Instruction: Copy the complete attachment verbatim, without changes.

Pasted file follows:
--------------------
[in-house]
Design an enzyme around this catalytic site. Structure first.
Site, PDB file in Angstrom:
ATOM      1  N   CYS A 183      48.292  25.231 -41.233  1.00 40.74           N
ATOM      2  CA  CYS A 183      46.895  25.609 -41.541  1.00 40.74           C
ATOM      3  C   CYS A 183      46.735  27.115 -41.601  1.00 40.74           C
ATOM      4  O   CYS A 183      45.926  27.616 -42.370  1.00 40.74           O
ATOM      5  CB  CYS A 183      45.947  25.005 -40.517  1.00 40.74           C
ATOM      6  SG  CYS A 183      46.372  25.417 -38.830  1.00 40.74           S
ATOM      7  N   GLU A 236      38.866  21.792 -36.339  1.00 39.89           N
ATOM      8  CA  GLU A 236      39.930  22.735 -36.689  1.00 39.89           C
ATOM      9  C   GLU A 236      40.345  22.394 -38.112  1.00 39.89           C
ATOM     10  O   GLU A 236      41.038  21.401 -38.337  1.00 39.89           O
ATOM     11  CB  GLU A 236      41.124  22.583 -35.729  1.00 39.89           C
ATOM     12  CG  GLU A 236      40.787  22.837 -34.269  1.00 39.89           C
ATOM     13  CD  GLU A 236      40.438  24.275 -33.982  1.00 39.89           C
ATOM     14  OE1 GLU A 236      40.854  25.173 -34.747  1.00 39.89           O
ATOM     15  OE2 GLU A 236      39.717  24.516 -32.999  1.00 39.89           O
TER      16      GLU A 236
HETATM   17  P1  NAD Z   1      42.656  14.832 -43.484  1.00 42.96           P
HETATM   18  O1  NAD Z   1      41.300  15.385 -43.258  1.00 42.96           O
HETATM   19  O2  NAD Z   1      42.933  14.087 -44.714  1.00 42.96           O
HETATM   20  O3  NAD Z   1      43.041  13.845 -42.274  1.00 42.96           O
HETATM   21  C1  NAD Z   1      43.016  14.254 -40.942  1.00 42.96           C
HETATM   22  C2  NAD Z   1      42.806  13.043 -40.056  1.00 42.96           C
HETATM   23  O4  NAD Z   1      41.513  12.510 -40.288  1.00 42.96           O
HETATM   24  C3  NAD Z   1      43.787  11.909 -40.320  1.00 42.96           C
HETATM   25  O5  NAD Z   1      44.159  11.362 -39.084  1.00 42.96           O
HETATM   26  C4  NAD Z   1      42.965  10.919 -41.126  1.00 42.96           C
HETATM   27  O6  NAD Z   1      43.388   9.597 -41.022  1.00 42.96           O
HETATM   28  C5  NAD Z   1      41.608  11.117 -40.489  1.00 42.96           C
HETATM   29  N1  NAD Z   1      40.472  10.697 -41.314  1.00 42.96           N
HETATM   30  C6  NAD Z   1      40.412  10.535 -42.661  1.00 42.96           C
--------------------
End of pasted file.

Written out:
[in-house]
Design an enzyme around this catalytic site. Structure first.
Site, PDB file in Angstrom:
ATOM      1  N   CYS A 183      48.292  25.231 -41.233  1.00 40.74           N
ATOM      2  CA  CYS A 183      46.895  25.609 -41.541  1.00 40.74           C
ATOM      3  C   CYS A 183      46.735  27.115 -41.601  1.00 40.74           C
ATOM      4  O   CYS A 183      45.926  27.616 -42.370  1.00 40.74           O
ATOM      5  CB  CYS A 183      45.947  25.005 -40.517  1.00 40.74           C
ATOM      6  SG  CYS A 183      46.372  25.417 -38.830  1.00 40.74           S
ATOM      7  N   GLU A 236      38.866  21.792 -36.339  1.00 39.89           N
ATOM      8  CA  GLU A 236      39.930  22.735 -36.689  1.00 39.89           C
ATOM      9  C   GLU A 236      40.345  22.394 -38.112  1.00 39.89           C
ATOM     10  O   GLU A 236      41.038  21.401 -38.337  1.00 39.89           O
ATOM     11  CB  GLU A 236      41.124  22.583 -35.729  1.00 39.89           C
ATOM     12  CG  GLU A 236      40.787  22.837 -34.269  1.00 39.89           C
ATOM     13  CD  GLU A 236      40.438  24.275 -33.982  1.00 39.89           C
ATOM     14  OE1 GLU A 236      40.854  25.173 -34.747  1.00 39.89           O
ATOM     15  OE2 GLU A 236      39.717  24.516 -32.999  1.00 39.89           O
TER      16      GLU A 236
HETATM   17  P1  NAD Z   1      42.656  14.832 -43.484  1.00 42.96           P
HETATM   18  O1  NAD Z   1      41.300  15.385 -43.258  1.00 42.96           O
HETATM   19  O2  NAD Z   1      42.933  14.087 -44.714  1.00 42.96           O
HETATM   20  O3  NAD Z   1      43.041  13.845 -42.274  1.00 42.96           O
HETATM   21  C1  NAD Z   1      43.016  14.254 -40.942  1.00 42.96           C
HETATM   22  C2  NAD Z   1      42.806  13.043 -40.056  1.00 42.96           C
HETATM   23  O4  NAD Z   1      41.513  12.510 -40.288  1.00 42.96           O
HETATM   24  C3  NAD Z   1      43.787  11.909 -40.320  1.00 42.96           C
HETATM   25  O5  NAD Z   1      44.159  11.362 -39.084  1.00 42.96           O
HETATM   26  C4  NAD Z   1      42.965  10.919 -41.126  1.00 42.96           C
HETATM   27  O6  NAD Z   1      43.388   9.597 -41.022  1.00 42.96           O
HETATM   28  C5  NAD Z   1      41.608  11.117 -40.489  1.00 42.96           C
HETATM   29  N1  NAD Z   1      40.472  10.697 -41.314  1.00 42.96           N
HETATM   30  C6  NAD Z   1      40.412  10.535 -42.661  1.00 42.96           C